On a more practical level, in emergency situations staff often need to choreograph several different tasks at once. The arrival of the blood delivery from outside needs to be integrated with the emergency’s own temporality or with tasks that might have risen after the message had been send. The same applies to Zipline’s announcement of speed and (emergency) temporalities. Storing blood in a decentralized manner in some of the hospitals indicates that Zipline’s services have the potential to actually slow down the availability and applicability of blood. Fetching a pint of blood that is stored in-house might take 5 to 15 minutes, almost half of Zipline’s average delivery time of approximate 30 minutes. This brings us to the final point regarding the availability of blood in remote clinics. In order to showcase their focus on blood, Zipline’s portrayal of the interaction between their services and local clinics does not make any reference to the existence of a local practice called replacement donors. Rural hospitals often only stock small quantities of blood. When demand arises, doctors will use stored blood but in turn will approach caring relatives of the patient and ask for donations to replace the used units (Bates & Hassall 2010). While this system is imperfect when it comes to safety and quality management, the WHO still estimates that in many low-and-middle income countries 50% blood donations depend on on-site replacement donors. Taking account of the role and relevance of local replacement donations in Zipline’s reductionist framing of the reach of national blood banks, the needs they aim to fulfil suddenly appear more complex and less clear.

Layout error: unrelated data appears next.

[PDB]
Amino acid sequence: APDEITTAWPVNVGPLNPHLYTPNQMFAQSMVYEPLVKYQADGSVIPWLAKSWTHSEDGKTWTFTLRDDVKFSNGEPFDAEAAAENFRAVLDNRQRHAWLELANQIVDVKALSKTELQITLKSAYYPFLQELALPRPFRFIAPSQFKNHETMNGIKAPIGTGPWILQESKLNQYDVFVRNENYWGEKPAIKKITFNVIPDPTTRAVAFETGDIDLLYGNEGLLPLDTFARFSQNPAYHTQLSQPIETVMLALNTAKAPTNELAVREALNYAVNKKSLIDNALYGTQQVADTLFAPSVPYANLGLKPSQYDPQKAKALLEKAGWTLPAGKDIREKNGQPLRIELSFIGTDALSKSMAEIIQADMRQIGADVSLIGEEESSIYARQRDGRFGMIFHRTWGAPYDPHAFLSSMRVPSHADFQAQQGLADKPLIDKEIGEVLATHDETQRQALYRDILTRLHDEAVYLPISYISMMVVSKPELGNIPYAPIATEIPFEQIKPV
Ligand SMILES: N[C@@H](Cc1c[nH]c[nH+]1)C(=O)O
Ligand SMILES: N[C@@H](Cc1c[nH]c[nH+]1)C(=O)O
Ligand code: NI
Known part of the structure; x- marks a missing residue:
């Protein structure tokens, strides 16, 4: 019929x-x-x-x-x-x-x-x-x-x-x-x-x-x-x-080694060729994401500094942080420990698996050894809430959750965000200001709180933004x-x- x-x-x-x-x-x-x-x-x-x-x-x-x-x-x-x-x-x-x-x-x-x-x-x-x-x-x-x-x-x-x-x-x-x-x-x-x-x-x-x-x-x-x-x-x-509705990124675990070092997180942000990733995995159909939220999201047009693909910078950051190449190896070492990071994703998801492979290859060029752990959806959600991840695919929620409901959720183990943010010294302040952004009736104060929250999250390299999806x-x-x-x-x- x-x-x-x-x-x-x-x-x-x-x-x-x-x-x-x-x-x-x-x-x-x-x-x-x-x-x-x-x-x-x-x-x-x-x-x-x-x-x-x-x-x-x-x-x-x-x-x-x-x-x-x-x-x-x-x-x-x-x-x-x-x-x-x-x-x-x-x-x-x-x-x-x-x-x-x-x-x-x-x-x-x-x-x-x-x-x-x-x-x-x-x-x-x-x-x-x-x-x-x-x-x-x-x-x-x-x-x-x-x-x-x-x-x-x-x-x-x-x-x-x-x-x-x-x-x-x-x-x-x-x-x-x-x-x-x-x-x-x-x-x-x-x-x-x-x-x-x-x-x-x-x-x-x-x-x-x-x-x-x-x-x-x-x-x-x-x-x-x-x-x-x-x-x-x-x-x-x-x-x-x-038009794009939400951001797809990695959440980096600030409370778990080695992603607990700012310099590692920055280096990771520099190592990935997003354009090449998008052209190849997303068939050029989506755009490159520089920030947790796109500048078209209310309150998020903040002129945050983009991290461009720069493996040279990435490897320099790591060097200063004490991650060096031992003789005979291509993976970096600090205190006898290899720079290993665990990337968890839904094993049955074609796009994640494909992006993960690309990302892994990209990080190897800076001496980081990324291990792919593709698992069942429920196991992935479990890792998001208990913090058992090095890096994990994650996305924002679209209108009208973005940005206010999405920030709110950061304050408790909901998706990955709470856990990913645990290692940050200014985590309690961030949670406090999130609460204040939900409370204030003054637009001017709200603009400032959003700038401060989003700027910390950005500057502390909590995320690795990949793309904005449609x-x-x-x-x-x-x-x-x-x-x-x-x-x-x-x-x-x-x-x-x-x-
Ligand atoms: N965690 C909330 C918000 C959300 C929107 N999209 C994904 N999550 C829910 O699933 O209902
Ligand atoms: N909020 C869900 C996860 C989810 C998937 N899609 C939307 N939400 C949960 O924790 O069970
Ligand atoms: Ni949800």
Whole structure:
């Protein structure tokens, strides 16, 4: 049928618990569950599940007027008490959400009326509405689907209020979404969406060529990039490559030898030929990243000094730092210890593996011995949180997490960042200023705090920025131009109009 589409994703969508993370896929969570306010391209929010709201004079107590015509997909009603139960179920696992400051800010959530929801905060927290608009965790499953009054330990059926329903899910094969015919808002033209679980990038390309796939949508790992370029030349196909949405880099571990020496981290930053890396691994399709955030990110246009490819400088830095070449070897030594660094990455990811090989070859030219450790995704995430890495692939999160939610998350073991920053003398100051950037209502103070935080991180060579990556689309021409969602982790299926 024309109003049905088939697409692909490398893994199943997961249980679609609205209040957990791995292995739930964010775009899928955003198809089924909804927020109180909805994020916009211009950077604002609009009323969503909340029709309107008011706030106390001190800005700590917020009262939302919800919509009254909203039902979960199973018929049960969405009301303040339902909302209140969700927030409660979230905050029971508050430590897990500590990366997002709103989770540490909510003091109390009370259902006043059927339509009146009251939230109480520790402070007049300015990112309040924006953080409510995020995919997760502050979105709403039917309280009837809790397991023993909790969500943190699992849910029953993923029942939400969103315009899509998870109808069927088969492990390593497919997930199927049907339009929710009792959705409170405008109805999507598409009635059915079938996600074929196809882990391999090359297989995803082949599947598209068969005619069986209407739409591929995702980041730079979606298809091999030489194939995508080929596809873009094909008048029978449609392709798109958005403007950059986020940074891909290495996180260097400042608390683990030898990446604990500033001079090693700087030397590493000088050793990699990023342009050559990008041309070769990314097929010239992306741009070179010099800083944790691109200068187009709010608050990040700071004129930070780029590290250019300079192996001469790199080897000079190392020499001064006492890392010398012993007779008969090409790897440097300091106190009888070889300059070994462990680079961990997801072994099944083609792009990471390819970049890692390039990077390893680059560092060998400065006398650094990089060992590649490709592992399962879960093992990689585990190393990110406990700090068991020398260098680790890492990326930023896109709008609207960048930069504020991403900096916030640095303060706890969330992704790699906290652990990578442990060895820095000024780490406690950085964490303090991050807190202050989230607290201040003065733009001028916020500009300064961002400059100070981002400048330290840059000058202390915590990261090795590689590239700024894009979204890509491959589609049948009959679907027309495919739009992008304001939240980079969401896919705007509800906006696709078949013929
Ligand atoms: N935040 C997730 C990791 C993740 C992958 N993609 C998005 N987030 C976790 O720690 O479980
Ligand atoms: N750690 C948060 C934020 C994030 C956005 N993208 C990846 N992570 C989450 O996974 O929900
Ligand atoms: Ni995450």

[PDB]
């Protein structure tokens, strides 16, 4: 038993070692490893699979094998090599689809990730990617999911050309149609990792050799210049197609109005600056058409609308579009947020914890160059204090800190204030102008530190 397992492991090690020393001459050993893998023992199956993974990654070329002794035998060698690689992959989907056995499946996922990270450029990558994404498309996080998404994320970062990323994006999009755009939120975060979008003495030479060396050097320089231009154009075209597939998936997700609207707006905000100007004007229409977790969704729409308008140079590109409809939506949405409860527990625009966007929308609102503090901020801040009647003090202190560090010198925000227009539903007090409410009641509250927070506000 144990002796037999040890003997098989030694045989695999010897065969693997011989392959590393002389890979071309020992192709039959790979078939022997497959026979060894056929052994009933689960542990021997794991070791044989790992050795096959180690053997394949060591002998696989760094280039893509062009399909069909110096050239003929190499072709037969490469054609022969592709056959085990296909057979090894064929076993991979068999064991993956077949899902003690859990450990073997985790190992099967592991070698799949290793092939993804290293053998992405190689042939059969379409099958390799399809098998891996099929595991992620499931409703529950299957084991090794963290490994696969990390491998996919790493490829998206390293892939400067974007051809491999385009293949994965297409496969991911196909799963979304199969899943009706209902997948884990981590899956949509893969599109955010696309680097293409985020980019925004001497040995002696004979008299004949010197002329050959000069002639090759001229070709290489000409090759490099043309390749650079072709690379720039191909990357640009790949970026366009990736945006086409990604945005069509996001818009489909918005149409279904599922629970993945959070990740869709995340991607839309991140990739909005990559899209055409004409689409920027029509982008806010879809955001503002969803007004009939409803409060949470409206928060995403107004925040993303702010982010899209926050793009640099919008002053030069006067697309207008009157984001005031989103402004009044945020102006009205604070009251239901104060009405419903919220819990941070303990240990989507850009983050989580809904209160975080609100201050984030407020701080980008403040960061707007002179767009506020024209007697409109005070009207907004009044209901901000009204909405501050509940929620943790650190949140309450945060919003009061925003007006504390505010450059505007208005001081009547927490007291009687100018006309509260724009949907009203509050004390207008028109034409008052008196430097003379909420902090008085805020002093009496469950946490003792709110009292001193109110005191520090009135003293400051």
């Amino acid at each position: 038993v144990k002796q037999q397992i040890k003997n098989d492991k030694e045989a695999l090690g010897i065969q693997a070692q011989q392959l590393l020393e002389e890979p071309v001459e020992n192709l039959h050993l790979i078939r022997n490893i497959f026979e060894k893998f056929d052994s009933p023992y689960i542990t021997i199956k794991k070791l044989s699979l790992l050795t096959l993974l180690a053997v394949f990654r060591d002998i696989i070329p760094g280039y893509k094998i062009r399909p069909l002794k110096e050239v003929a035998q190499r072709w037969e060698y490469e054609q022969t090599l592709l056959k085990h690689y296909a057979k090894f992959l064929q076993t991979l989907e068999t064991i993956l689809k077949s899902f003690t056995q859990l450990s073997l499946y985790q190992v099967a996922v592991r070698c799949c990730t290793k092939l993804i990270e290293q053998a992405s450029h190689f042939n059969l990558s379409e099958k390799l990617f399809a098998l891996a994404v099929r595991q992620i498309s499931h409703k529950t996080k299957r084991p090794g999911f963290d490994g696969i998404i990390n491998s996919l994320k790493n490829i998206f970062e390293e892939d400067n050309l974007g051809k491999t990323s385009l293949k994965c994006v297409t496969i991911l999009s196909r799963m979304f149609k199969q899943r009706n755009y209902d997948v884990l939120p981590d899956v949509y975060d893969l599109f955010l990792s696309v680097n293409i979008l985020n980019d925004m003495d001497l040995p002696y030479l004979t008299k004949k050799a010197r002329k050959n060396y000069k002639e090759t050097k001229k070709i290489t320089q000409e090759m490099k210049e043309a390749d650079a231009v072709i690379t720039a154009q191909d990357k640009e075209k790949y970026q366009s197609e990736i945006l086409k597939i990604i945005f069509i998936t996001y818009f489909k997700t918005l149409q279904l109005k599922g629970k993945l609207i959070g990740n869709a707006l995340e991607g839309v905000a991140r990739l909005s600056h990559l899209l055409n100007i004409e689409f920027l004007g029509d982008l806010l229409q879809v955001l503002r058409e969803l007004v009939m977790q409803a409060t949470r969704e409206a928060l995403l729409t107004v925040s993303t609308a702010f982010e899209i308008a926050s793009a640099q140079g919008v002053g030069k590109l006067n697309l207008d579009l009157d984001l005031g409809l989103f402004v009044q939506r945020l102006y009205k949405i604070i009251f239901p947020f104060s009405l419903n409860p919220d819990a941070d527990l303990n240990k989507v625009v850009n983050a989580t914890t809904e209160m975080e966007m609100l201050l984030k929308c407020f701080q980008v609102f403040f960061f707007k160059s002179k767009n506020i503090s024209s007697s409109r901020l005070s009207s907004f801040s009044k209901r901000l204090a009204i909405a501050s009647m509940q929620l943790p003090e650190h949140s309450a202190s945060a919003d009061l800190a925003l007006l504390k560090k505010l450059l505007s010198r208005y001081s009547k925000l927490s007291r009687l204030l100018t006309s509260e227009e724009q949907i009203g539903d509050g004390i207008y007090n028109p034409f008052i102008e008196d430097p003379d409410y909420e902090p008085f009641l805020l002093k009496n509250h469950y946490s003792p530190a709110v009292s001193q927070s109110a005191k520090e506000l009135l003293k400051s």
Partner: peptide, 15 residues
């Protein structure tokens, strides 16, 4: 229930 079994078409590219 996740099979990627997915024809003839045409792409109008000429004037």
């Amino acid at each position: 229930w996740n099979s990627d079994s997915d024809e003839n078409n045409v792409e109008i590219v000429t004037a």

Zipline’s focus on speed and acceleration of access to medical products is likely to shine brighter in contexts that are stereotypically not associated with speed and high levels of technologically enabled mobility. While not openly described as such, African health systems, their supply and distribution structures, as well as their ground-based transportation infrastructures, implicitly serve as the slow and sluggish backdrop for Zipline’s privileging of instantaneity and speed. This article was an attempt to understand how Silicon Valley roboticists and (software) engineers come to (re-)define access to medical products and health practices of rural African populations. The aim was to show that, against the company’s claim that their technology constitutes the appropriate solution to the continent’s health needs, it is indeed the other way around: ‘health’ serves the company’s need to showcase their technology and facilitates the collection of flight data. While Zipline claims “that every flight is saving a human life”, it is actually the case is that every flight collects data on the behaviour of drones, often in conditions under which flight would not be allowed in the US. In addition to handing over their safety flight records to the Federal Aviation Authority (FAA) Zipline managed to transport approximately 40 FAA officials to their Rwandan distribution centre in order to demonstrate their features.